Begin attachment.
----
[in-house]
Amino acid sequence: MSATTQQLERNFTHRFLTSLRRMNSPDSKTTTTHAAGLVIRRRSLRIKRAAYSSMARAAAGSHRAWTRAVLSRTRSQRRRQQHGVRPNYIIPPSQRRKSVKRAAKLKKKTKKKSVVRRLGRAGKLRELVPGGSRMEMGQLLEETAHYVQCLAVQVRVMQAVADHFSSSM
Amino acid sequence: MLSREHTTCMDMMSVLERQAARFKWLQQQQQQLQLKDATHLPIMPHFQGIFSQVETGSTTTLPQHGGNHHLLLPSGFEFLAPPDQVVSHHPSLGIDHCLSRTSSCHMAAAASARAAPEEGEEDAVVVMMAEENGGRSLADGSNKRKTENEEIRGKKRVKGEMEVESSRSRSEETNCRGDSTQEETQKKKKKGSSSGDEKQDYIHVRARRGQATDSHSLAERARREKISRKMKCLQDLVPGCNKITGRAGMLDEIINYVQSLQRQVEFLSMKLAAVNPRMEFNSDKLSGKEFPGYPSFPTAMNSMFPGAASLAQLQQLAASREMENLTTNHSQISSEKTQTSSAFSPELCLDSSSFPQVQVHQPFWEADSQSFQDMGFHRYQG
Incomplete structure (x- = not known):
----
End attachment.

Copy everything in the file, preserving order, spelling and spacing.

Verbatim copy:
[in-house]
Amino acid sequence: MSATTQQLERNFTHRFLTSLRRMNSPDSKTTTTHAAGLVIRRRSLRIKRAAYSSMARAAAGSHRAWTRAVLSRTRSQRRRQQHGVRPNYIIPPSQRRKSVKRAAKLKKKTKKKSVVRRLGRAGKLRELVPGGSRMEMGQLLEETAHYVQCLAVQVRVMQAVADHFSSSM
Amino acid sequence: MLSREHTTCMDMMSVLERQAARFKWLQQQQQQLQLKDATHLPIMPHFQGIFSQVETGSTTTLPQHGGNHHLLLPSGFEFLAPPDQVVSHHPSLGIDHCLSRTSSCHMAAAASARAAPEEGEEDAVVVMMAEENGGRSLADGSNKRKTENEEIRGKKRVKGEMEVESSRSRSEETNCRGDSTQEETQKKKKKGSSSGDEKQDYIHVRARRGQATDSHSLAERARREKISRKMKCLQDLVPGCNKITGRAGMLDEIINYVQSLQRQVEFLSMKLAAVNPRMEFNSDKLSGKEFPGYPSFPTAMNSMFPGAASLAQLQQLAASREMENLTTNHSQISSEKTQTSSAFSPELCLDSSSFPQVQVHQPFWEADSQSFQDMGFHRYQG
Incomplete structure (x- = not known):